Dark Side of the Moon: Best Blockbuster Album Ever?
Dark Side of the Moon, Pink Floyd's seminal album about mental illness, the inevitability of death, and anxiety born of living in modern society, turns 38 today. It remains one of the most successful...
Wait a minute? DSotM is 38 years old? How is that possible? It seems like just yesterday that a young, proto-mulleted Rocks Off was buying his first batch of cassettes for his new tape deck - a birthday present from Mom and Dad, probably to keep us from screwing around with their turntable.
Roger Waters and the boys came home that day in a plastic bag nestled alongside David Bowie's
The album spent a mind-boggling 741 weeks on the Billboard charts, finally slipping off in 1988. Its current worldwide sales sit at 45 million, still a formidable total, but no longer No. 1 (two albums have sold more). Still, looking at Floyd's companions atop the list of best-selling albums got us thinking: These other guys have moved a lot of product, but are any of the other albums with over 42 million* copies sold actually better than Dark Side?
Michael Jackson, Thriller
Worldwide Sales: 110 million
Arguments For: The King of Pop's magnum opus leads the next contender by a greater than 2:1 margin, and its slick production and hooks are matched only by its ubiquity. To this day, the only house we've ever been in without a copy was our grandparents' - who did have Off the Wall.
Arguments Against: Not many. "The Girl is Mine," maybe. And the inescapable knowledge of the freakshow he would soon become.
Verdict: We can certainly see the arguments, but in Rocks Off's opinion, DSotM is still better.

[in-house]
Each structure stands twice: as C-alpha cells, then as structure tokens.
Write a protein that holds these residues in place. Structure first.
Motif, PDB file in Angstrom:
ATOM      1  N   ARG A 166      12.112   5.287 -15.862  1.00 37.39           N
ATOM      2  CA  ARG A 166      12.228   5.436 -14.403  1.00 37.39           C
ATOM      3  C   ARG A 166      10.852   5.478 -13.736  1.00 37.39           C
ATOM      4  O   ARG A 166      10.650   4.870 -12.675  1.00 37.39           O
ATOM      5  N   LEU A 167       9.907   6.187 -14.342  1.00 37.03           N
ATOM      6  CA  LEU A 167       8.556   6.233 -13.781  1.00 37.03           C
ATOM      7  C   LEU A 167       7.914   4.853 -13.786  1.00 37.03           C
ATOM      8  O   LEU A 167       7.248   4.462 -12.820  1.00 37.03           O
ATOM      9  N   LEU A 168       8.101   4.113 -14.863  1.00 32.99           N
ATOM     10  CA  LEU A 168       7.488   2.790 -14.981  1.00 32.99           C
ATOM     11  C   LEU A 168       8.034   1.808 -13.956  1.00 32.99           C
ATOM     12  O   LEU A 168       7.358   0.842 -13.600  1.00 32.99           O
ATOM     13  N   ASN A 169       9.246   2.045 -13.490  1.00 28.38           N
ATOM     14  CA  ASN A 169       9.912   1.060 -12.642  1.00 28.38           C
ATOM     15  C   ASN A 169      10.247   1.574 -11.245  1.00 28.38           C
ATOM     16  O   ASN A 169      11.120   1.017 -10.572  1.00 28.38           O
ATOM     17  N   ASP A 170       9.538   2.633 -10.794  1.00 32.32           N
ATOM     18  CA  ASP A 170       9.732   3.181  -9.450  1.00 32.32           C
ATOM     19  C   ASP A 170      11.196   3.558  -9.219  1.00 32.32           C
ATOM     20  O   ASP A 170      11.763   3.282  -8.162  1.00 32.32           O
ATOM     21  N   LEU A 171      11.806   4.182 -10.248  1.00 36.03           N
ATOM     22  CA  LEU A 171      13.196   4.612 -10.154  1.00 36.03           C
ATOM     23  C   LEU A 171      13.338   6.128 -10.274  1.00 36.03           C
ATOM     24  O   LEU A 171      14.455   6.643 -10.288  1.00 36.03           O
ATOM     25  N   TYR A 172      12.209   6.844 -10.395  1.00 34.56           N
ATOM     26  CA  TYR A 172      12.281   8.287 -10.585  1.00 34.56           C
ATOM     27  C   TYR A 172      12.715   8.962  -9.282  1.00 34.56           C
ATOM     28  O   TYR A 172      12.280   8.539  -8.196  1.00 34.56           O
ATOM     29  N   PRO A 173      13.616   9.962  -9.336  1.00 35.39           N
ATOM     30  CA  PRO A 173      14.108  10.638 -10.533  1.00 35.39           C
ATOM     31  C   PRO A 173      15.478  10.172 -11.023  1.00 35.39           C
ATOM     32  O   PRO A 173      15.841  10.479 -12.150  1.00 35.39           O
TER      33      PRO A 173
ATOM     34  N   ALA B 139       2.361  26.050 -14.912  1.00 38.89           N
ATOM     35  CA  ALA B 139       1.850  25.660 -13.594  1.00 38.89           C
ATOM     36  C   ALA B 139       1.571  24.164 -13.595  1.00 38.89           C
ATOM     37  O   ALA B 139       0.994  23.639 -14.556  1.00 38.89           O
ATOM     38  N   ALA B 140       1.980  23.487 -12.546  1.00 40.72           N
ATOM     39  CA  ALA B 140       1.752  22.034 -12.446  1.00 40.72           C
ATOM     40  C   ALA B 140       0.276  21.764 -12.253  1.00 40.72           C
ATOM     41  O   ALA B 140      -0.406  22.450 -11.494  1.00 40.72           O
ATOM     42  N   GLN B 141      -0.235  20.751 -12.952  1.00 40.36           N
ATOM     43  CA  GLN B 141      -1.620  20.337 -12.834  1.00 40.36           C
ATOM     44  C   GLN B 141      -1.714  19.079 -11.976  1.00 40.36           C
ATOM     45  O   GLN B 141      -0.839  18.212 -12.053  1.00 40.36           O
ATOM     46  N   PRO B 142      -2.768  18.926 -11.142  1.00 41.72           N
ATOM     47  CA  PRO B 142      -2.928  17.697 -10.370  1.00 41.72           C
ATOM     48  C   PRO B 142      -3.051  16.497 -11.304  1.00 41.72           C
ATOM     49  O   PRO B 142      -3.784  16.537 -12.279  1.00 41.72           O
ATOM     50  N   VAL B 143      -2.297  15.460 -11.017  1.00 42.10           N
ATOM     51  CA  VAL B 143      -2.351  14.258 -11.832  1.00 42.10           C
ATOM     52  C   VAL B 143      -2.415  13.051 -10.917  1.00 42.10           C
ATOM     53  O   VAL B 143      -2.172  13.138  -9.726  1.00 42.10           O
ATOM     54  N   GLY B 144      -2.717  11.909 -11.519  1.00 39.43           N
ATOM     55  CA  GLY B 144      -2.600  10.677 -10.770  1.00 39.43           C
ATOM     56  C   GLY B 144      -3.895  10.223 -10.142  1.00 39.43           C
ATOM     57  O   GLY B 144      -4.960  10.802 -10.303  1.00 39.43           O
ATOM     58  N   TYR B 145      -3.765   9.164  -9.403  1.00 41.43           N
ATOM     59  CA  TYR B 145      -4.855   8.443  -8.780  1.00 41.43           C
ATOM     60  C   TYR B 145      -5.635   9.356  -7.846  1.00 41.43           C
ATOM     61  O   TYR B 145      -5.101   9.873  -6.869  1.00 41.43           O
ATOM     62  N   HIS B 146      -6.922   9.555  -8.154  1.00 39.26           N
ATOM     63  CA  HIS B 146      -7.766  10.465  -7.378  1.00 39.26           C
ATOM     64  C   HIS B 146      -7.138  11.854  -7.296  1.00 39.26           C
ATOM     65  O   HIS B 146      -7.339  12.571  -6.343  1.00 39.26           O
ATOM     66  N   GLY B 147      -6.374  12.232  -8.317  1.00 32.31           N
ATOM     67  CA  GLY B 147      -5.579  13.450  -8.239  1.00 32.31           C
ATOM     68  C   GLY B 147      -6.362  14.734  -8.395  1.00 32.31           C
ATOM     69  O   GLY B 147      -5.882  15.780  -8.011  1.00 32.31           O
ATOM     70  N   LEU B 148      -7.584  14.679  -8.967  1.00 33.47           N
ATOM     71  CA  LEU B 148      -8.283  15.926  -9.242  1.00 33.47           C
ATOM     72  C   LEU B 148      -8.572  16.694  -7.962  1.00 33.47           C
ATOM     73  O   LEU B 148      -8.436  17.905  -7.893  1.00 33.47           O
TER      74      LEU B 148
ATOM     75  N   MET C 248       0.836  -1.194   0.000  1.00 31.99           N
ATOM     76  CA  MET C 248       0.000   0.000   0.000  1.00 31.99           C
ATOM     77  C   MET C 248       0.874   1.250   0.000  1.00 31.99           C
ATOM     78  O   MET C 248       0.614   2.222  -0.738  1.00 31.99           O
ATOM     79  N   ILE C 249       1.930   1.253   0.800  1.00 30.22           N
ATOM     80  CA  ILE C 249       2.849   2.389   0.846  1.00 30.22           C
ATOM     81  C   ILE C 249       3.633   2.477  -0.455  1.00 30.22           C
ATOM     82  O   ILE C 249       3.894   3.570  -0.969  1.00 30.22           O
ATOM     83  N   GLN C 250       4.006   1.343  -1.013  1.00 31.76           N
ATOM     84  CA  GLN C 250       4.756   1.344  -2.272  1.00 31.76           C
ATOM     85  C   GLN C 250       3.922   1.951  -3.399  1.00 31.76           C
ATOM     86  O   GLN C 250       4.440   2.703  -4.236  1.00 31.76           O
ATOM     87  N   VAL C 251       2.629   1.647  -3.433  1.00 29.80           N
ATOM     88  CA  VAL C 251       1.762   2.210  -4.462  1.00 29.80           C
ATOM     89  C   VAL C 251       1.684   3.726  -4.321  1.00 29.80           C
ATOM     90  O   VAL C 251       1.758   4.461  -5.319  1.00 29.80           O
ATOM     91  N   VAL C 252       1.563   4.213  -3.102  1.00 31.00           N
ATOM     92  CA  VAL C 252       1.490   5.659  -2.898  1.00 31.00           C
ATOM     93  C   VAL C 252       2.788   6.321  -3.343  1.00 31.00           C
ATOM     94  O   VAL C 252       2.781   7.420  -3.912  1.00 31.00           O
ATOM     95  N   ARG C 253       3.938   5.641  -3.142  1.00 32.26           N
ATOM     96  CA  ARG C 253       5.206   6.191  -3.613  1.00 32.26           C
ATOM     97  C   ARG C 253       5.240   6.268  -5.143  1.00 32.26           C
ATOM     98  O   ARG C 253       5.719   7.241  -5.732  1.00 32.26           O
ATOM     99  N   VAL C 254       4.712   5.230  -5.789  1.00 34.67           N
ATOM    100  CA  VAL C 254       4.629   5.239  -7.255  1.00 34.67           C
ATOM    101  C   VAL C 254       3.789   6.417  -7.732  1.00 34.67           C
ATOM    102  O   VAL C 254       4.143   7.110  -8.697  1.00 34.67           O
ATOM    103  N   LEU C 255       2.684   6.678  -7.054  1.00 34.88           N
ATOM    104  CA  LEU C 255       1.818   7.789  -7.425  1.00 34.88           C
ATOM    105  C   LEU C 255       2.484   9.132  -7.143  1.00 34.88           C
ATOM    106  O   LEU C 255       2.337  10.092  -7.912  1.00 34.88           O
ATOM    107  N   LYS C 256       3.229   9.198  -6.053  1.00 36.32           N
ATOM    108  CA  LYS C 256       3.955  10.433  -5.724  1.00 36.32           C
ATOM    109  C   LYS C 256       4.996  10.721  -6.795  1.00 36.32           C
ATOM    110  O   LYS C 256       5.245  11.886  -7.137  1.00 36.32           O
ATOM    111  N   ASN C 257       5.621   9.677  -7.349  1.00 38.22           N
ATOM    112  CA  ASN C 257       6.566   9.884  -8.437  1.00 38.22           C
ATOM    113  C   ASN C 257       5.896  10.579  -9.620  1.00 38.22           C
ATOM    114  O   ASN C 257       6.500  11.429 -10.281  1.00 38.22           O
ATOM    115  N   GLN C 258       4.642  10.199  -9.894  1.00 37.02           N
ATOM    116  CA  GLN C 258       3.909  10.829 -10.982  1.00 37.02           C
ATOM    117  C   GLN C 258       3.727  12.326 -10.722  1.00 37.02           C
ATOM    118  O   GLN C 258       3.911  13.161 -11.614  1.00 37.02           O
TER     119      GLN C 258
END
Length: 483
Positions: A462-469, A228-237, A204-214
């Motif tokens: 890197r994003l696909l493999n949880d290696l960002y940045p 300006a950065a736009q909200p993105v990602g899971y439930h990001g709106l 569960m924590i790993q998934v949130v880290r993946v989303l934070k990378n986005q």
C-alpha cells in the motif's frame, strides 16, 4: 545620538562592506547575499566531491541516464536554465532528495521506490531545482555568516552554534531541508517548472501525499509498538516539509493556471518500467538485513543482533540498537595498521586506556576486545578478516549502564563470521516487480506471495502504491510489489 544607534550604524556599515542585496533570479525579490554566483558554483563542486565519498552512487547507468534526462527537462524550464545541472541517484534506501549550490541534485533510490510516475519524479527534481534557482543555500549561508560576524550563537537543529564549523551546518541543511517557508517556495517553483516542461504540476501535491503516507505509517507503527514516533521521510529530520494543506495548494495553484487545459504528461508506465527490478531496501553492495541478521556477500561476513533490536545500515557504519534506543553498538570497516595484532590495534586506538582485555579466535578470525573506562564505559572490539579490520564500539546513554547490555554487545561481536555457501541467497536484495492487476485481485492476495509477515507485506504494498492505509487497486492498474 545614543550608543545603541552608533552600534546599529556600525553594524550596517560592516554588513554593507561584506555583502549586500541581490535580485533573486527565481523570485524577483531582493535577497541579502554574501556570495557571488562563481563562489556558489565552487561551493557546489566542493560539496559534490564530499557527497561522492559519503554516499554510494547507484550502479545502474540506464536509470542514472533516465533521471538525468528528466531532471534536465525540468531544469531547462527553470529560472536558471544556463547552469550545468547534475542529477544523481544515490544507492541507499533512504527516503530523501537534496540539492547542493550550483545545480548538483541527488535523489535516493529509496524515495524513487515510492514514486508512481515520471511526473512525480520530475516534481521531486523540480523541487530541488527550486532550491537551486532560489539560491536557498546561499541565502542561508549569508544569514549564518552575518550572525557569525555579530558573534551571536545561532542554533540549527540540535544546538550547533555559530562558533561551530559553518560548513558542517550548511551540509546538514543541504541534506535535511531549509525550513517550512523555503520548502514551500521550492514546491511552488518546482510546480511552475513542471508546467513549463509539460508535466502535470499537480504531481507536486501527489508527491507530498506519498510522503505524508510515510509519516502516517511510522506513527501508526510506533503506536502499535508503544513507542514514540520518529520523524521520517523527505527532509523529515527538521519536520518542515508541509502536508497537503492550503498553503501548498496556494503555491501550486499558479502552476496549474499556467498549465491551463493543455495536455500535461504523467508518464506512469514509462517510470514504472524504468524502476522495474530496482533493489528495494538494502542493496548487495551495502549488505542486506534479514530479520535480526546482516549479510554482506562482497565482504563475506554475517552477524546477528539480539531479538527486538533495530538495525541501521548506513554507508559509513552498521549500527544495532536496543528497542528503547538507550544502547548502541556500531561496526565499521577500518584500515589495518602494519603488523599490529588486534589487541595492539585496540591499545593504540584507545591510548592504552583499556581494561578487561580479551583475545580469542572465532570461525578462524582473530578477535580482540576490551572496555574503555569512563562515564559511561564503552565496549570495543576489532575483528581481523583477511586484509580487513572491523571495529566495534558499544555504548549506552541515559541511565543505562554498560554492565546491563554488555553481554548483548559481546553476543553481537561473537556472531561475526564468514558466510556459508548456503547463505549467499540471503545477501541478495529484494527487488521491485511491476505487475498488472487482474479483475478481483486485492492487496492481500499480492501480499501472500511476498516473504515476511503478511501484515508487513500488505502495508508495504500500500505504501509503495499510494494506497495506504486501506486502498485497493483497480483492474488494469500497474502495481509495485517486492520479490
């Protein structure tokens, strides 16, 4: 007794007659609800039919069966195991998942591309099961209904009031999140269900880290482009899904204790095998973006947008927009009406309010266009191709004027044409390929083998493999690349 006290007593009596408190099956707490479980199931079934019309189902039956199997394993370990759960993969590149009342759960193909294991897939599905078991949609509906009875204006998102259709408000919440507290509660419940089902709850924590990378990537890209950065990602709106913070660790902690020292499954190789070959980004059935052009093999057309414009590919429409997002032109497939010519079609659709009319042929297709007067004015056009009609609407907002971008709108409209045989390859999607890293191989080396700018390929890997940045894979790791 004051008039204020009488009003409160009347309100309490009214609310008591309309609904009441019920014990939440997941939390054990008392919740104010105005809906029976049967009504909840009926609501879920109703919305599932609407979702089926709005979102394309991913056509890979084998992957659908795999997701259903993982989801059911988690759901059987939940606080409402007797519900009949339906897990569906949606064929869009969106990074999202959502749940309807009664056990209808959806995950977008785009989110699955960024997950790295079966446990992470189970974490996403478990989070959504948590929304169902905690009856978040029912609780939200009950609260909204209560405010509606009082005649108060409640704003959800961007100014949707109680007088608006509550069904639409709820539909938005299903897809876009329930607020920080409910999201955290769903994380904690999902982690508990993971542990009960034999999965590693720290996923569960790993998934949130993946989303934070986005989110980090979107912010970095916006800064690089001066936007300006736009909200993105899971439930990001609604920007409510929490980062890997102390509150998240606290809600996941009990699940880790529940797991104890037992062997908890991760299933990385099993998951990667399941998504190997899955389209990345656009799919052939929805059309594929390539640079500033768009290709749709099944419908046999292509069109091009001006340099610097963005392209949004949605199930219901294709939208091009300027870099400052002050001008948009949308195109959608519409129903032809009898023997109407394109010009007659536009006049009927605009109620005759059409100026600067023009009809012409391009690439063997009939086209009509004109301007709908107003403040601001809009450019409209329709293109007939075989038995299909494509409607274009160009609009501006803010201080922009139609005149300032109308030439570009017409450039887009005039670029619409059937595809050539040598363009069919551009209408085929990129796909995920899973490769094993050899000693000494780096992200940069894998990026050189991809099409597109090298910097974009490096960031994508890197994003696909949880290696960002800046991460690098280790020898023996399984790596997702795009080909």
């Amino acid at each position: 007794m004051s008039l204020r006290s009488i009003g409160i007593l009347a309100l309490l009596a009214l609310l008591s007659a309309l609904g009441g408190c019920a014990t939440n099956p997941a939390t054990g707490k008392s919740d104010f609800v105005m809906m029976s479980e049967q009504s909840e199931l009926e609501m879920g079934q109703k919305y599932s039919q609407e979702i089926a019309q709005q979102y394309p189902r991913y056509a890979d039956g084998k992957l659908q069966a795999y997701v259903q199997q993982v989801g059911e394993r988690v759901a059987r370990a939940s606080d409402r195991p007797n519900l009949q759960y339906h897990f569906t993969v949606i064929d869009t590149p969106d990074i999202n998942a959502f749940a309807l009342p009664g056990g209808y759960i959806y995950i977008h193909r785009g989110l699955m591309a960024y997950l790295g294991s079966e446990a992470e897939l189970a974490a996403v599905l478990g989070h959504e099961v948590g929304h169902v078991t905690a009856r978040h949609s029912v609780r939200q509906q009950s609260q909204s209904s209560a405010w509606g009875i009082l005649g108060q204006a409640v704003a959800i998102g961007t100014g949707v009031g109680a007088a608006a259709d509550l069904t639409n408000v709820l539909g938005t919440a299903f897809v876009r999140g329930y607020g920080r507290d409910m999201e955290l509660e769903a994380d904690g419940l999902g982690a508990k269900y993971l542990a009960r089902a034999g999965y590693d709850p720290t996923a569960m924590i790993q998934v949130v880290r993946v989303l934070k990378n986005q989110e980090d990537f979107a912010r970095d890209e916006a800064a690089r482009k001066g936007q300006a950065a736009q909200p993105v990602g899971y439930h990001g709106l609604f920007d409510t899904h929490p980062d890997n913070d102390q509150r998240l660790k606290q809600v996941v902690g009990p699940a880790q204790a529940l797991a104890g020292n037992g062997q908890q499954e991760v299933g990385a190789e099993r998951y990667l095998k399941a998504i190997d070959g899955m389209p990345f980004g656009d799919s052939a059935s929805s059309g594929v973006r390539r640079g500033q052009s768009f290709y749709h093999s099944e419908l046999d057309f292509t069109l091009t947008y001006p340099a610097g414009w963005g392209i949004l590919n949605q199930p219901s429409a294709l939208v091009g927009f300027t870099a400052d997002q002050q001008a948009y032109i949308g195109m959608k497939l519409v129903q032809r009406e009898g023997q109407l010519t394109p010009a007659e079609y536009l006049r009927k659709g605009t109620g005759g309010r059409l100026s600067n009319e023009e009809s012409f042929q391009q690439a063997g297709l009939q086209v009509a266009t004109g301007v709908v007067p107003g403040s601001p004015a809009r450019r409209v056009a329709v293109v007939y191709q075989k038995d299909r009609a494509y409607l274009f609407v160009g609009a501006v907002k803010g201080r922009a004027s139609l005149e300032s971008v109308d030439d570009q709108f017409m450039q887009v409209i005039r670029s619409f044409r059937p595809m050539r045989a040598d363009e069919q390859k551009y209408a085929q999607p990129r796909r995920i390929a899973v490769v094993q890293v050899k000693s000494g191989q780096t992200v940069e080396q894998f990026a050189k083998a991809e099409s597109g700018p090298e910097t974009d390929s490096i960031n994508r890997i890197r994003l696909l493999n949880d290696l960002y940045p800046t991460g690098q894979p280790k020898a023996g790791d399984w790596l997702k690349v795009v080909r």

AC/DC, Back in Black
Worldwide Sales: 49 million
For: While Moon was a natural result of Pink Floyd's growth as a band, Back in Black was the album that wasn't supposed to get made in the first place. AC/DC almost broke up after lead singer Bon Scott's death five months earlier. Instead, they released what would become the second best-selling album of all time, containing several of the band's biggest hits.
Against: Uh...we're kind of sick of "You Shook Me All Night Long."
Verdict: Man, this is tough. We're going with Back in Black, even though it's like comparing lush, textured apples to aggressive, pile-driving oranges.
Whitney Houston, et. al.: The Bodyguard Original Motion Picture Soundtrack
Worldwide Sales: 44 million
For: It put some money in Dolly Parton's pocket, so that's something.
Against: Kenny G. Also, name any other song off of this other than "I Will Always Love You." Also, Kenny G.
Verdict: The Bodyguard couldn't beat Dark Side of the Moon if David Gilmour played every guitar part with his feet.
Meat Loaf, Bat Out of Hell
Worldwide Sales: 43 million
For: Get the fuck out of here: Bat Out of Hell has sold almost as many copies as Moon? Guess those sweaty, poorly exposed videos were more effective than we thought.
Against: The songs most guaranteed to put our ass in a chair at any given wedding reception are "Celebration" by Kool and the Gang, "Friends in Low Places" by Garth, and "Paradise by the Dashboard Light."
Verdict: While Rocks Off has some fond memories regarding this album, a girl we used to date in college, and Lake Travis, it's Dark Side of the Moon in a walk.
The Eagles, Their Greatest Hits (1971-1975)
Worldwide Sales: 42 million
For: We're pretty sure this album was passed out to everyone in 9th grade. Certainly it provided one of the cornerstones for our college camping experiences. Mostly because it was one of the few CDs everybody would agree to listen to without bitching.
Against: Greatest-hits albums should be stricken from consideration.
Verdict: That said, this is about as solid a compilation you're likely to come across. And provided you don't "hate the fucking Eagles, man," there's not a weak cut here. That said, gotta go with Moon.
Various Artists, Dirty Dancing OMPS
Worldwide Sales: 42 million*
For: Rocks Off is as big as a fan of Patrick Swayze as anyone - perhaps more so - and we're happy this led to bigger movie roles for the guy, but...
Against: It's hard to defend his Don Johnson-esque decision to subject audiences to his vocal stylings, much less the likes of Eric Carmen and the Blow Monkeys(!), especially on an album featuring standout cuts by the Ronettes and Otis Redding.
Verdict: Are you serious? DSotM wins, even without "She's Like the Wind."
* 42 million was the cutoff to keep the list from being too unwieldy. And to exclude the Backstreet Boys.
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